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What is best practice in terms of QA to Agent ratio and how is worked out?

What is best practice in terms of QA to Agent ratio and how is worked out?

4/16/2009

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Question
What is best practice in terms of QA to Agent ratio and how is worked out?

Answer

There are no industry guidelines for determining the QA evaluator to agent ratio or number of calls that should be monitored per contact center on a daily, weekly or monthly basis. This number varies based on total number of agents, type of contact center (multi-channel or multi-skill) and transaction volume. One way contact centers address QA resource limitations is to split the number of agent evaluations that need to be completed among supervisors and quality reviewers. While it’s important to have dedicated QA resources, it’s also essential for line supervisors or managers to keep informed about their agents’ performance. Evaluating agents is a great way to stay apprised of what’s happening with agents and the contact center.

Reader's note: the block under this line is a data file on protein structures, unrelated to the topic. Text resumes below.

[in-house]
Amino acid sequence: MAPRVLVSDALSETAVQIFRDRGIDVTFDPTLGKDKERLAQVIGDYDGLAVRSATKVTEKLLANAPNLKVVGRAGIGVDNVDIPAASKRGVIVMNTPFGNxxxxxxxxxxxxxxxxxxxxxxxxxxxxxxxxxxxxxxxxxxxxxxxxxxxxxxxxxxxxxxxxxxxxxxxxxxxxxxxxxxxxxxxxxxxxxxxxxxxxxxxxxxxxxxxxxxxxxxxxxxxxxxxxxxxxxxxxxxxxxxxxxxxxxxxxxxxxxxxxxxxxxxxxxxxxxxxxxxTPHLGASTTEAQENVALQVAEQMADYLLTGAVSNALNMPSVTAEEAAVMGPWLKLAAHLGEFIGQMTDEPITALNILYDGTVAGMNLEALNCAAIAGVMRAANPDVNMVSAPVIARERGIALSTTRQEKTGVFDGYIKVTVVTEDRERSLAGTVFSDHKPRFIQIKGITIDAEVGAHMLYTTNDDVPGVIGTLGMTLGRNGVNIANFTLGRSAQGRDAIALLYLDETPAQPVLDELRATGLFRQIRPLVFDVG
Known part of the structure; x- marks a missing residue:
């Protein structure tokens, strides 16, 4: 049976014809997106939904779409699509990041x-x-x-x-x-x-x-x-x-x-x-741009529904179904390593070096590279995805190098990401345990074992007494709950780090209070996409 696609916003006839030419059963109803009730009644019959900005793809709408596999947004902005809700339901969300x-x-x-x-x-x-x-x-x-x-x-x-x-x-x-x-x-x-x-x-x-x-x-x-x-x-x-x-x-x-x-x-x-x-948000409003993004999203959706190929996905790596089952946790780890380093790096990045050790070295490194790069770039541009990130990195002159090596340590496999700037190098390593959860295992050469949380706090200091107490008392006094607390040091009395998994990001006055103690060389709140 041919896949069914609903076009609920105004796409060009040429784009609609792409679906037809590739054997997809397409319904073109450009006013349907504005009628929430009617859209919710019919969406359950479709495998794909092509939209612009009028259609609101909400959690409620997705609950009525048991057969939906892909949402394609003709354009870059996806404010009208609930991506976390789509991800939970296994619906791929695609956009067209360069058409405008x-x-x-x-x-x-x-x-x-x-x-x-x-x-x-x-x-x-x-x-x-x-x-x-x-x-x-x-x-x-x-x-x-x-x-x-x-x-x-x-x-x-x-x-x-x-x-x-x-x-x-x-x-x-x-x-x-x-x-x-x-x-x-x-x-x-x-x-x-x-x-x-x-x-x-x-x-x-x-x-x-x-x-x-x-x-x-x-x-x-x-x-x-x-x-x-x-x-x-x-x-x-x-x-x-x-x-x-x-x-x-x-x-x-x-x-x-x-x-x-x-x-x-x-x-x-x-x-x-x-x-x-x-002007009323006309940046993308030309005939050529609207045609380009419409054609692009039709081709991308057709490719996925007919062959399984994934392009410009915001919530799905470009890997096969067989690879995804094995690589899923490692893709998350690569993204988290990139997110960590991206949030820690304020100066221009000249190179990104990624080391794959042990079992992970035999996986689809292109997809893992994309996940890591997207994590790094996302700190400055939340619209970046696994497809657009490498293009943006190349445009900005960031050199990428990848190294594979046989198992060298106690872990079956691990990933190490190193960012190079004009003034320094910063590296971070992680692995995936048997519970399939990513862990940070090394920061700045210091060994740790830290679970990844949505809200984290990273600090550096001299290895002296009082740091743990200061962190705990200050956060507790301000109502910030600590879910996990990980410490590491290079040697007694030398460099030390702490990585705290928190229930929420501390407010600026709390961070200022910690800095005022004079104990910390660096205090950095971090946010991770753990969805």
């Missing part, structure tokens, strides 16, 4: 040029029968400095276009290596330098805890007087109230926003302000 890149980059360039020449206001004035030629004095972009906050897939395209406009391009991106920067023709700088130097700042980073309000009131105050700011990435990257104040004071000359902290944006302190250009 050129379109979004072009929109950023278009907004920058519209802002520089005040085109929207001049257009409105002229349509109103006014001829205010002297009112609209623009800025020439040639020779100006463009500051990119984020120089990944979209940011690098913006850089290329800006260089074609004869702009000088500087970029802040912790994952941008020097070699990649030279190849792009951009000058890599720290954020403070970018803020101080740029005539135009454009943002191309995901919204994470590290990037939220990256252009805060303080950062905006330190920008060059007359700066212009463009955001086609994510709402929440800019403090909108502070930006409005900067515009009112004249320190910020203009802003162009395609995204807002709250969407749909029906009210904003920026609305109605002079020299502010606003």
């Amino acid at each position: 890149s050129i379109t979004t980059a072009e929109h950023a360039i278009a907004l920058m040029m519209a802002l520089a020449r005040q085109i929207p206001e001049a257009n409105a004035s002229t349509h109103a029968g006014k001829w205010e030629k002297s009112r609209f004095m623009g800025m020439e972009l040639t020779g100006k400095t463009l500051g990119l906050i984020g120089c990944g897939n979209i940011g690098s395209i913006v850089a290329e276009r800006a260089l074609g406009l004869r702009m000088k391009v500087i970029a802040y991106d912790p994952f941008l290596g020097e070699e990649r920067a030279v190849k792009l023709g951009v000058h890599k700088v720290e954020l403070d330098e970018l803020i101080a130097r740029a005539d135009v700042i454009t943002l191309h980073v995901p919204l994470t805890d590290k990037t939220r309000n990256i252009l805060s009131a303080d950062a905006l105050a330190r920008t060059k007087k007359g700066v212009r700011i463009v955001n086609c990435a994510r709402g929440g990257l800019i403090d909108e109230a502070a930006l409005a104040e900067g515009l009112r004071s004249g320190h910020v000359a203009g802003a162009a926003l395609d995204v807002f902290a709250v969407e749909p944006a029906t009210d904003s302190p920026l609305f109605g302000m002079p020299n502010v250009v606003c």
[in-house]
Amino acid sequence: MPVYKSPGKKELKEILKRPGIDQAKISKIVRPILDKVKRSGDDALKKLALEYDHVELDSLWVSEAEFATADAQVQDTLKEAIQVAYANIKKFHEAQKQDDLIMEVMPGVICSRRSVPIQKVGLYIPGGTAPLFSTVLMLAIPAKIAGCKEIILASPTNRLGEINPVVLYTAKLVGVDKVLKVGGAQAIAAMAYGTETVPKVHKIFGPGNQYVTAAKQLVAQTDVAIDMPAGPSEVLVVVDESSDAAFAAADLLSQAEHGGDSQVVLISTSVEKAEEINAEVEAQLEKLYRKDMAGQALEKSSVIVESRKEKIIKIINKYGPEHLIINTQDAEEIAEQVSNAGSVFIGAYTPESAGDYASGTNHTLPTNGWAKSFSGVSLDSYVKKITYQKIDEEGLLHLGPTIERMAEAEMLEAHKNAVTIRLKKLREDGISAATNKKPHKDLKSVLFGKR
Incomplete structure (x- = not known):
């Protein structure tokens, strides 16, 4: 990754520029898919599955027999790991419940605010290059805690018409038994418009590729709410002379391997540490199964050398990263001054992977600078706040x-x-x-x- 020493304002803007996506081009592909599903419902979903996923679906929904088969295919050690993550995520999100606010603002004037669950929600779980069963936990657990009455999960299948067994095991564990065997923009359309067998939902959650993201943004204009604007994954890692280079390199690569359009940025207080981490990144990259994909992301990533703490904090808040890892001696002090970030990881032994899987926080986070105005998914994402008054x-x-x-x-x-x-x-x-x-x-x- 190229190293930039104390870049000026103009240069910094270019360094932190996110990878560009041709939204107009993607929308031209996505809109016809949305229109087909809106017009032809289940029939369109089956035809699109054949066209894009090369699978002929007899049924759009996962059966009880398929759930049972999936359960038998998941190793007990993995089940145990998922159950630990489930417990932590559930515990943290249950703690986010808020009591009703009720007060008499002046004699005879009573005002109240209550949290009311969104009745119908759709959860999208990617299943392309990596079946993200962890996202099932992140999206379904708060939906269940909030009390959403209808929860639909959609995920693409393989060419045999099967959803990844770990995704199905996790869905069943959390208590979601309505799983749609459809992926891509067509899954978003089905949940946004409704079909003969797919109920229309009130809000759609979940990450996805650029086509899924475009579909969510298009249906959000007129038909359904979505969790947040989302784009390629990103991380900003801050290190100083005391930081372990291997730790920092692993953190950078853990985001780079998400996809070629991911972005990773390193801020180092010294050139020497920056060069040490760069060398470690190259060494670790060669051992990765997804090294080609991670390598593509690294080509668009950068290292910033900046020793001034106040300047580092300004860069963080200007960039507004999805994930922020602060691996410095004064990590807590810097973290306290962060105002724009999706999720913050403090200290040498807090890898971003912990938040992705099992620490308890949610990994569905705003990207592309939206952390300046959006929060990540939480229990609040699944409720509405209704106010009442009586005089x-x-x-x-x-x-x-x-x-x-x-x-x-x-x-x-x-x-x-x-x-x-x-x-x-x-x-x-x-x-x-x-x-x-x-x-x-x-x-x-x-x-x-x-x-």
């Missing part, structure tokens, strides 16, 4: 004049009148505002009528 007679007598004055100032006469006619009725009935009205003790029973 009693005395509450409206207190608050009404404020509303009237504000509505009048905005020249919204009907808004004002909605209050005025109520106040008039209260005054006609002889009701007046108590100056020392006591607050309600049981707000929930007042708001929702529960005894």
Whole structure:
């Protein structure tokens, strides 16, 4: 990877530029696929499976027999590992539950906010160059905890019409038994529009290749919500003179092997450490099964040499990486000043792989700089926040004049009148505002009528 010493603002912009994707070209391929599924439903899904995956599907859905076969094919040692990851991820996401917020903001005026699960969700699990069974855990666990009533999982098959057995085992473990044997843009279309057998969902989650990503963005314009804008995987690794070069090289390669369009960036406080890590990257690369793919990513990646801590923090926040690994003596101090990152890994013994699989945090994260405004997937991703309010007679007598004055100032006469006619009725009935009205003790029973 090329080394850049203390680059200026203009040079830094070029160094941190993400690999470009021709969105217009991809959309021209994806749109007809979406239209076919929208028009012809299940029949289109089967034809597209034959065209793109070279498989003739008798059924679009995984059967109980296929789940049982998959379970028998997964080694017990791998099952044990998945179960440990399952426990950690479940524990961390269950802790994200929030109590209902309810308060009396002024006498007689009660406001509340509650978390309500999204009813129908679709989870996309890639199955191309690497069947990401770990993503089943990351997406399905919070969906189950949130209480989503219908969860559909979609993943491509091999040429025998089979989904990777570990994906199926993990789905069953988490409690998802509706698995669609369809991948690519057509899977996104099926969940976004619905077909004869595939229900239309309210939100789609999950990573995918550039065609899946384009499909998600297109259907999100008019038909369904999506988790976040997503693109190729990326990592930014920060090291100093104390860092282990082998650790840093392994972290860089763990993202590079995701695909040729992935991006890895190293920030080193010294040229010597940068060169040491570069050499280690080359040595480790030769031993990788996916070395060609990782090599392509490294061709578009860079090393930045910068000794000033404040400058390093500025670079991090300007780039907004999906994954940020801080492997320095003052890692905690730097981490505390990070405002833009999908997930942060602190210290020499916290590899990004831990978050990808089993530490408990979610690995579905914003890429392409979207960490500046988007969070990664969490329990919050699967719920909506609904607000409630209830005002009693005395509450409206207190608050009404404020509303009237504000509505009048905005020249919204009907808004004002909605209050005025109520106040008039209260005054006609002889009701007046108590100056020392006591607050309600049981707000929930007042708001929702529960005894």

The goal of a quality assurance program is to provide a statistically significant analysis of service delivery and the quality of customer interactions. To accurately measure service quality and establish credibility and reliability for the quality assurance process, randomly captured calls should be evaluated consistently for all agents, on a regular basis. Unfortunately, most contact centers do not have the resources to conduct QA on a statistically valid sample of transactions. Instead, management generally specifies a number of calls/emails/chat sessions to evaluate on a weekly and/or monthly basis. This number is based on the number of QA resources budgeted by the contact center. (To determine the number of QA sessions that can be performed in a day, calculate the amount of time it takes to do an evaluation and deliver a coaching session. Then divide this number by the working hours available per day, which is generally 6.5.)

Here is a strategy that some contact centers use to determine the number of evaluations to monitor per agent/month. Start by evaluating 10 calls per agent for a month to obtain a baseline figure. Each subsequent month, reduce the number of evaluations for each agent by 1 and compare the results/findings to the prior month. Continue this process until the variance between the results is significant. At that point, the number of calls evaluated is as low as it can go. (The most common number of calls evaluated for agents on a monthly basis is 3 to 5.)

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